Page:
Monday, February 25, 2013

Salad and Roots

Perhaps one of the easiest (and gratifying) things that any new gardener can grow is lettuce. If you can grow grass you can probably have a better than average shot at growing a successful batch of lettuce. 

Lettuce is a cool weather crop that doesn’t mind a little shade. You can start your seeds indoors a few weeks before your last frost or you can direct seed them. Honestly, I do it both ways. I like to start a bunch ahead of time to give them a jump start on the growing season. Then, about two to three weeks later I’ll direct seed some more. By spacing out my planting times I can ensure that I always have lettuce ready for my dinner table. After all, who wants twenty heads of lettuce all in one week?  Not that I’ve ever done that…ahem…

I’ve been fortunate in that my biggest pest issues have come from the fuzzy varieties that seem to view my garden beds as their own personal salad bowls. Some cheap homemade fencing and judicious usage of a net has resolved the issue in the past. Hopefully it will prove successful again this year. 

Right now I’m getting ready to plant (or have already started):

Black Seeded Simpson

Black Seeded Simpson Lettuce is a very popular lettuce variety & is an early producer. This lettuce is high in vitamins & has a wonderful flavor & texture when home grown! Say goodbye to the lifeless & tasteless lettuce bought in stores. Lettuce prefers a rich, well drained soil & cool weather with lots of moisture. In extreme heat, lettuce will go to seed. 

May Queen

Early maturing butter head lettuce for the earliest spring plantings. Pale green heads are tinged with red, and the sweet, pale yellow hearts have a pink blush to them. A wonderful 19th century heirloom.

Giant Caesar

The taste of a romaine and the texture of a butter head.
Dark green, 16" long by 6" wide leaves combine the taste of a romaine and the texture of a butter head for a whole new eating experience.

Red Romaine

Delicious, flavorful lettuce brings color and zest to salads. The red coloring develops best in cool weather. A good variety for specialty markets.

Little Gem


Very small, green, romaine-type. One of the very best-tasting lettuces. A superb heat-tolerant variety that is sure to please!

Loose-leaf Blend

Blend Lettuce

Five classic lettuce types and textures in a range of colors: Black Seeded Simpson, Lolla Rossa, Green Ice, Buttercrunch and Mighty Red Oak. These lettuces are all as beautiful as they are delicious and make for delightful salads, rich in color, flavor and texture.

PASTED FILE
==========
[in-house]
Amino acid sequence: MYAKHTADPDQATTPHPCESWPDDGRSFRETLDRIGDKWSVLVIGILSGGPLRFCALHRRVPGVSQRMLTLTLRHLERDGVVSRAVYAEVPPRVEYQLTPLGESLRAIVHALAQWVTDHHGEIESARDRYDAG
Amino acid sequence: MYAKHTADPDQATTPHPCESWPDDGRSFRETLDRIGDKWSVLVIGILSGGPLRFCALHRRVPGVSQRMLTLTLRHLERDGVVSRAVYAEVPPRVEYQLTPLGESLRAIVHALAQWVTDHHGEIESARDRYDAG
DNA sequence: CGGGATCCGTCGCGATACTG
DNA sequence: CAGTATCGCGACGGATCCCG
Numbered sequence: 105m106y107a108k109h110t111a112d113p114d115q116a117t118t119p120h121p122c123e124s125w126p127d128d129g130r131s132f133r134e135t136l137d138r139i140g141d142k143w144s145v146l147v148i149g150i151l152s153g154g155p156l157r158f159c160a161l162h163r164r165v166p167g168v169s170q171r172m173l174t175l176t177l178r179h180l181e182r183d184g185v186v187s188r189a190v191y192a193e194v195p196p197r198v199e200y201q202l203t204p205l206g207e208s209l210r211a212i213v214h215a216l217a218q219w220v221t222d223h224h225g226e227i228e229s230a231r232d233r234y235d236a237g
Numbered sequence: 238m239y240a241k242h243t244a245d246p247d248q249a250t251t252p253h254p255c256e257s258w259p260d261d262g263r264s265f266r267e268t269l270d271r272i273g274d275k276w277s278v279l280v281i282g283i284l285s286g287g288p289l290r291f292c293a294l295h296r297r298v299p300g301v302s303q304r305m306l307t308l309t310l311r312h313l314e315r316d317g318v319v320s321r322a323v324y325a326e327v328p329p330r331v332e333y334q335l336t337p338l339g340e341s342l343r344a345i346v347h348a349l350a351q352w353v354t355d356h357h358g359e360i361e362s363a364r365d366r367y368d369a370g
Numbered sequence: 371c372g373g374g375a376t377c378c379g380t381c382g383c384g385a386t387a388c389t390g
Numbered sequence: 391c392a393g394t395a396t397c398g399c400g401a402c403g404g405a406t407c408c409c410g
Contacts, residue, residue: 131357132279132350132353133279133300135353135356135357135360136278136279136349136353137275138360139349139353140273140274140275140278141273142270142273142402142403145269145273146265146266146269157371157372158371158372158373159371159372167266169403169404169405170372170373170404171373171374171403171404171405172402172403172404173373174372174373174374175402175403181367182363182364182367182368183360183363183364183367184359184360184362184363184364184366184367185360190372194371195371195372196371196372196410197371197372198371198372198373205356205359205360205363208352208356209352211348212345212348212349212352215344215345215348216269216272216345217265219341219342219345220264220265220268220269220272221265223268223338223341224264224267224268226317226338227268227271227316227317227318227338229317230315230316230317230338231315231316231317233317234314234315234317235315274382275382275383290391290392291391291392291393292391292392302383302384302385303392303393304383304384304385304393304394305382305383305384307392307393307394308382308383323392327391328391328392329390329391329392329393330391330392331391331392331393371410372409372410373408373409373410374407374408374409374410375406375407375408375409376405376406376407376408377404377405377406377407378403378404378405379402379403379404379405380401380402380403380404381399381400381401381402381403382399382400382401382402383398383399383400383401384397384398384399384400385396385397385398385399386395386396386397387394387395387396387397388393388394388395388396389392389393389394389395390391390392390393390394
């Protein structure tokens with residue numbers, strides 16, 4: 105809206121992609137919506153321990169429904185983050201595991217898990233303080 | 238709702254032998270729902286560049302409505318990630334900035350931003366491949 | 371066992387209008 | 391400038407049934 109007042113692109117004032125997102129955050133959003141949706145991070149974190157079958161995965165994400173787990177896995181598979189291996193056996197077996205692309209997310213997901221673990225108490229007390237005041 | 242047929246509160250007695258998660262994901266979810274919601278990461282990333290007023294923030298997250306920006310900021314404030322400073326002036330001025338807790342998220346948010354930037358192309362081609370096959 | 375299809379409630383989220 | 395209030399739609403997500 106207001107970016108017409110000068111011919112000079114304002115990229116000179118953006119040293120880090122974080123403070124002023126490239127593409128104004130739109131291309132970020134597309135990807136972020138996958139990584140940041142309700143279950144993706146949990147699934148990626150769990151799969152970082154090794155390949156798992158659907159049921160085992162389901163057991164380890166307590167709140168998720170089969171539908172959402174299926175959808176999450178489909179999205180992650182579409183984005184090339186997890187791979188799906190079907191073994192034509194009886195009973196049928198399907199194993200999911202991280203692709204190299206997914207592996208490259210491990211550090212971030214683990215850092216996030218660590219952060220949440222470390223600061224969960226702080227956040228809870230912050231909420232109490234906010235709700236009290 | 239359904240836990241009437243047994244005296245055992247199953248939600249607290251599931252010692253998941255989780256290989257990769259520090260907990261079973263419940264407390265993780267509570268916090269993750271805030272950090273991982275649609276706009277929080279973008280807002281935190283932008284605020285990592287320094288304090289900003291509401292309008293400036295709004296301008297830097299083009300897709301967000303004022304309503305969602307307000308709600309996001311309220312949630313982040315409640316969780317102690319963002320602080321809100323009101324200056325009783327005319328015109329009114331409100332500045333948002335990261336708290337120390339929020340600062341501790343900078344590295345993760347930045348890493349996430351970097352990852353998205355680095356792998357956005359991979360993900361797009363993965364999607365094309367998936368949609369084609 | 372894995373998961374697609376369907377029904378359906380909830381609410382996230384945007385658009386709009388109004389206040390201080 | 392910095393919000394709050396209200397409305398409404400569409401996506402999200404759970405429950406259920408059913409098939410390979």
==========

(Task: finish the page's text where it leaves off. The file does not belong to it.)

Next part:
Detroit Dark Red Beets


This classic variety produces early, very dark red and extremely sweet roots up to 3" across. It's good fresh, canned or frozen.

Chantenay Red Core Carrots


One of the sweetest, this variety was introduced in 1929 and is a large, stump-rooted carrot with a deep red-orange center; great for juicing or fresh eating. A good market variety that is smooth and refined in shape.

Cosmic Purple Carrot

This one is causing excitement at farmers’ markets. Carrots have bright purple skin and flesh that comes in shades of yellow and orange. Spicy and sweet-tasting roots are great for marketing.


Small, round carrots that are so popular in France. Tender, orange globes are superb lightly steamed. Easy to grow even in heavy soils. This little carrot is great for home and market gardens, as this variety is fairly uniform.

Danvers Half Long Carrot

The original Danvers Half Long dates back to the 1870's. This strain 126" was improved in the 1940's. The old standard American carrot, adaptable and dependable. Thick 7-inch roots have good flavor.

Early Scarlet Globe Radish

One of the most popular home garden varieties of the past 100 years. Early, high-yielding, this favorite produces uniform, bright red globes with crisp, tender, juicy and mild white flesh.

Cherry Bell Radish

The classic, round red radish with crisp white flesh that is mild and tasty. Has better warm weather tolerance than many.

 So there you have it. Listing all of this out makes it sound like an awful lot; but really, it isn't. In my perfect garden I would have a lot more. 

Fingers crossed that I can resolve my soil issues and get my veggies to bulb up this year. 



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